London: A UK-based radical preacher, known for his radical views, has been found guilty of supporting the Islamic State (IS) terrorist group and faces up to 10 years in jail, it emerged on Tuesday.
Anjem Choudary was convicted at the Old Bailey court in London on 28 July but the judge had imposed a reporting ban while a linked trial of Choudary's associate was ongoing.
"You have been convicted by the jury of offences which you must expect to result in sentences of imprisonment," Justice Holroyd told the 49-year-old preacher.
"It is true that you have complied with the conditions of your bail. I am afraid however, it has been an evidently grudging compliance and you have made your disregard for the court and its processes abundantly plain throughout these proceedings," the judge said.
Choudary and his co-defendant, Mohammed Mizanur Rahman, 33, were found guilty of telling their supporters to obey IS leader Abu Bakr al-Baghdadi and travel to Syria to support Islamic State or the so-called "caliphate".
The duo face up to 10 years in jail for inviting support for a proscribed outfit and will be sentenced on September 6.
"Terrorist organisations thrive and grow because people support them and that is what this case is about. Do not confuse that with the right of people to follow the religion of their choice or to proclaim support for a caliphate," Prosecutor Richard Whittam told the trial.
London-born Choudary, who has a long history with groups involved in radical Islamist demonstrations in the UK, such as the now-banned Al Muhajiroun and Islam4UK, denied he was inviting support for IS and claimed to be a "lecturer in Sharia law" giving "the Islamic perspective".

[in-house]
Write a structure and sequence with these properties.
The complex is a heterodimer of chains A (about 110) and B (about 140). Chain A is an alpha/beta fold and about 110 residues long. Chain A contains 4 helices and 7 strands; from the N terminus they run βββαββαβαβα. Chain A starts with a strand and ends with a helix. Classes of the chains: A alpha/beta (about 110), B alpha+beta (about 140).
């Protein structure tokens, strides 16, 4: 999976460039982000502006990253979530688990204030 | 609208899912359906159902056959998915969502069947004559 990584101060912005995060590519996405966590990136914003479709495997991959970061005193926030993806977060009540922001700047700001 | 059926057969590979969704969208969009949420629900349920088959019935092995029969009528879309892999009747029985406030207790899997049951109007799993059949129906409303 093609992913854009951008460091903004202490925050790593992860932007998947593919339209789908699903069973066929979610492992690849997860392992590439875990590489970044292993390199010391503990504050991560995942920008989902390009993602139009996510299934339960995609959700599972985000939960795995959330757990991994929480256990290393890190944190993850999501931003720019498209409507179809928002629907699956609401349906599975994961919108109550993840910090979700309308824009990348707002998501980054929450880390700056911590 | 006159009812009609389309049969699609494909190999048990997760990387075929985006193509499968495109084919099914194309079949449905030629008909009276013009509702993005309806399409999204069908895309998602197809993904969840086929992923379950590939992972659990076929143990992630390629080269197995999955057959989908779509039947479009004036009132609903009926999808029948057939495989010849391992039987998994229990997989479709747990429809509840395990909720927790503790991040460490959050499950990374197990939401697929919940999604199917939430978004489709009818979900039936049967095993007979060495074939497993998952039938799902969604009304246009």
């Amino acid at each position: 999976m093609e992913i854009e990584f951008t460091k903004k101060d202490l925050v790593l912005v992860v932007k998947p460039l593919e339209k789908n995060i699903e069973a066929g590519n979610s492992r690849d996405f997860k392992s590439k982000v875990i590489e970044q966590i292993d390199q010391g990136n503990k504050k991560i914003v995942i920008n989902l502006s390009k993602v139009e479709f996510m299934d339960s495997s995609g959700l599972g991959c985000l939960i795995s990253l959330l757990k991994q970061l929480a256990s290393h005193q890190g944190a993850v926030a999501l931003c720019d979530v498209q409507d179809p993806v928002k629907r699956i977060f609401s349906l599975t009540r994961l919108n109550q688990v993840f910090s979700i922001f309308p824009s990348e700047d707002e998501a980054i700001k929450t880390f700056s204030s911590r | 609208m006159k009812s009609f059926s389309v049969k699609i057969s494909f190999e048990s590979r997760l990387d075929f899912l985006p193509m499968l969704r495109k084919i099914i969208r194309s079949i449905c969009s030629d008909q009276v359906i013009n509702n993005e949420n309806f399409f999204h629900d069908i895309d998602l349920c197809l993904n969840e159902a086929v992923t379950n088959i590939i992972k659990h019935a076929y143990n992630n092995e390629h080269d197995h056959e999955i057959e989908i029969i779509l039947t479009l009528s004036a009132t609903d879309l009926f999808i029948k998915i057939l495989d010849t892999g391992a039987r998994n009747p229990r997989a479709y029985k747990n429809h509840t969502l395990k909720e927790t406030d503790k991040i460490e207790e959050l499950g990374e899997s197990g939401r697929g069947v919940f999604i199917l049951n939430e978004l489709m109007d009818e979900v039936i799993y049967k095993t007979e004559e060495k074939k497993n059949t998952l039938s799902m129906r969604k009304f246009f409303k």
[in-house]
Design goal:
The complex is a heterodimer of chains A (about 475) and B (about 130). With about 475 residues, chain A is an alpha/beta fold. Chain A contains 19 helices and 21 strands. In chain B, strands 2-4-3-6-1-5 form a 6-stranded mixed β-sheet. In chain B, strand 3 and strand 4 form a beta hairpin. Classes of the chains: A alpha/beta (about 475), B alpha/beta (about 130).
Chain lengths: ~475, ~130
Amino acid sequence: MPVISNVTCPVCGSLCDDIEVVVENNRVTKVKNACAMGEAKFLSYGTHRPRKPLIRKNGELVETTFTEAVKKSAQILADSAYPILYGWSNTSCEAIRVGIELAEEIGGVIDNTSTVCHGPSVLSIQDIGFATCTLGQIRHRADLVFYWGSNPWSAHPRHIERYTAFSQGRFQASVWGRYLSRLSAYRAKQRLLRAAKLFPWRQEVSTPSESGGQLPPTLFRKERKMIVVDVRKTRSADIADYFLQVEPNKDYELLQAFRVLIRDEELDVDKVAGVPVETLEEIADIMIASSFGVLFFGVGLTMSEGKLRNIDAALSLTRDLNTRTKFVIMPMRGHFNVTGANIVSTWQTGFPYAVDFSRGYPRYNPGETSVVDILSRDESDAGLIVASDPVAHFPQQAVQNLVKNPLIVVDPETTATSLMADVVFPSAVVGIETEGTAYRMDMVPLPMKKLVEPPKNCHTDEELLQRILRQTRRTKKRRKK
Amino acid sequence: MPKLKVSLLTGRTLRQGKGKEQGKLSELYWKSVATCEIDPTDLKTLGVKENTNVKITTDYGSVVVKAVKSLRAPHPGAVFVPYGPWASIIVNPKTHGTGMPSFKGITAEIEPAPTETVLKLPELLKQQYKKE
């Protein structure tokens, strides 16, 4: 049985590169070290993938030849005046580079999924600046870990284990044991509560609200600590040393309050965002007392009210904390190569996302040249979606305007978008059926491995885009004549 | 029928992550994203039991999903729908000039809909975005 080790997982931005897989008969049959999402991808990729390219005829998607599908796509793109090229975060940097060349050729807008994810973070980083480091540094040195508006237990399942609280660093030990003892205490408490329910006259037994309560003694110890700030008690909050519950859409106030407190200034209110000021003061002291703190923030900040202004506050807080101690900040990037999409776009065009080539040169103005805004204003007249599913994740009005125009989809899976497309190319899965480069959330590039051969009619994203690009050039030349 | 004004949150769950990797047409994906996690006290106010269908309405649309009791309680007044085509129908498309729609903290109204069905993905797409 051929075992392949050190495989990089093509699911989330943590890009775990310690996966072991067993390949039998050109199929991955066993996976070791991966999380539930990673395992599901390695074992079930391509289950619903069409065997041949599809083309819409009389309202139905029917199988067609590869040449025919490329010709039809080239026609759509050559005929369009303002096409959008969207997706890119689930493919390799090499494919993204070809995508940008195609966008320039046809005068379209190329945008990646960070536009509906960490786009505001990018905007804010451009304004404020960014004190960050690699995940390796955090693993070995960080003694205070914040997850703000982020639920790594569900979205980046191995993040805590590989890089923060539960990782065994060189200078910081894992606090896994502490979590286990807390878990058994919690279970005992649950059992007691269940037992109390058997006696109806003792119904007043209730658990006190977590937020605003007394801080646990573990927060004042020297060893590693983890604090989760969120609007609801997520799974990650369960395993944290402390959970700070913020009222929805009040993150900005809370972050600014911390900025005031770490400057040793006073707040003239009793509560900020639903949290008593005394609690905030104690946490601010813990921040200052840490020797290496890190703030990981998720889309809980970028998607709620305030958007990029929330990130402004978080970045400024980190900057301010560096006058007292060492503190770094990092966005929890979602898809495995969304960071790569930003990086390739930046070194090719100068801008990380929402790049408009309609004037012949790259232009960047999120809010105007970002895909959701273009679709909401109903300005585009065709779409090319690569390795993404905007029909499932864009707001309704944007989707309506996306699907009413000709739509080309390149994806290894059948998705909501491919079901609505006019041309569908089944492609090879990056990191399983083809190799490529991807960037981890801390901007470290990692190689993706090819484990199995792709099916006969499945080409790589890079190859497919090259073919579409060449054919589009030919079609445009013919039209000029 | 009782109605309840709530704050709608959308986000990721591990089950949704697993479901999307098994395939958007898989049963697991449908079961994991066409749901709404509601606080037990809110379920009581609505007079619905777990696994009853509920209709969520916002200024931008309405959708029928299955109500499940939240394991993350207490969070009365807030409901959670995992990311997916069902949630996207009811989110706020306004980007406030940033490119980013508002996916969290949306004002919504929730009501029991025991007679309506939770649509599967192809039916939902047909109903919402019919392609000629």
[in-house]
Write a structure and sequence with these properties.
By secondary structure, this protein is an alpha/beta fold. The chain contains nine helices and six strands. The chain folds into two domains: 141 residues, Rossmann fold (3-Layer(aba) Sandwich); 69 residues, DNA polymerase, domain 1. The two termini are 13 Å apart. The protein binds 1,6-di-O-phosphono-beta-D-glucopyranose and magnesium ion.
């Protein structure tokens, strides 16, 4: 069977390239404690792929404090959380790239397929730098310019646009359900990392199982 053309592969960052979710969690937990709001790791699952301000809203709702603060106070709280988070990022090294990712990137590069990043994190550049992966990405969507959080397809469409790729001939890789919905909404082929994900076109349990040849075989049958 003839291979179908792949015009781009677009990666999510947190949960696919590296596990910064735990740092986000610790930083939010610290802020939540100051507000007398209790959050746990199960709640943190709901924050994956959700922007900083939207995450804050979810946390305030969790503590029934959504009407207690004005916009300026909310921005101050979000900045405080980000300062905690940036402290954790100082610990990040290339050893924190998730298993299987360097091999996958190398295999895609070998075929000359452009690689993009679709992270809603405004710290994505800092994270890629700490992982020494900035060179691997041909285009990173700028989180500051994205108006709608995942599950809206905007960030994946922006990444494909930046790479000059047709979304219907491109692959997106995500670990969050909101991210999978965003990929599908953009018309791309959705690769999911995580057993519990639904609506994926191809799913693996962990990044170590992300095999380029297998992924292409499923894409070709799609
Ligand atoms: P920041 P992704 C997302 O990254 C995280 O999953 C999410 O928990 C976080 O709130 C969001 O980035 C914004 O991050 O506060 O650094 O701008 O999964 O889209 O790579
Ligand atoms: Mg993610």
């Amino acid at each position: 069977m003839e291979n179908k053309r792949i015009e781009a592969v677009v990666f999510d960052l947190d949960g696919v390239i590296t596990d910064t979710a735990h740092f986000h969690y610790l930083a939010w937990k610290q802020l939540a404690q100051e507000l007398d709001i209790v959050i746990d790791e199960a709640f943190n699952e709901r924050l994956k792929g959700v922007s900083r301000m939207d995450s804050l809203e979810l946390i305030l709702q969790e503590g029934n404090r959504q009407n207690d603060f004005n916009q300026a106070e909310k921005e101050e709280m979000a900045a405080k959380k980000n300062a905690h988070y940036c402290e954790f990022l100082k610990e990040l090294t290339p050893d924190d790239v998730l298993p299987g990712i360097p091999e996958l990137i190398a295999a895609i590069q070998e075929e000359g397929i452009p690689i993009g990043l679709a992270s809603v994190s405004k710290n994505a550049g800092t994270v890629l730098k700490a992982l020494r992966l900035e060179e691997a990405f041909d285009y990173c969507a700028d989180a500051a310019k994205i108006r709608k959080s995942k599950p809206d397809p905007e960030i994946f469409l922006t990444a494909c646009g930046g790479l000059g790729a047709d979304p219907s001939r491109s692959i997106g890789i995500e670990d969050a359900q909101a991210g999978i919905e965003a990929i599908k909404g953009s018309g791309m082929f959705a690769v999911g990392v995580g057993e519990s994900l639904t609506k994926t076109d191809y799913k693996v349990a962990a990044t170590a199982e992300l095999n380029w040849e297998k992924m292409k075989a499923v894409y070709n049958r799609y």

Just before his conviction, he told Sky News: "If you look at my speeches, I have said the same thing for 20 years. For me, it is a matter of worship.
"If people are implementing the Sharia, then I cannot shy away from what the divine text says in relationship to that. If you cannot say when you believe in something and you cannot share that view, then you don't really have freedom to express yourself in this country."
Choudary's conviction comes after a two-year, multi-million-pound investigation by Scotland Yard designed to bring to an end his two decades of extremist preaching. He had been arrested last year and been in and out of prison after breaching his bail conditions.
Commander Dean Haydon, head of Scotland Yard’s counter terrorism command said: "We have a key individual here in the UK posting vast amounts of information on social media that is radicalising individuals in the UK. Part of that information encourages them to travel to Syria. His mistake was pledging an oath of allegiance. That was the key piece of evidence that tipped him over the line for a terrorist offence."
Among Choudary's many UK followers is Indian-origin IS fighter Siddhartha Dhar dubbed as 'Jihadi Sid' by the UK media and now believed to be among the senior IS commanders.
One of the Bangladeshi attackers, who killed 22 people during an assualt on a Dhaka cafe on 1 July, was also a follower of Choudary on social media.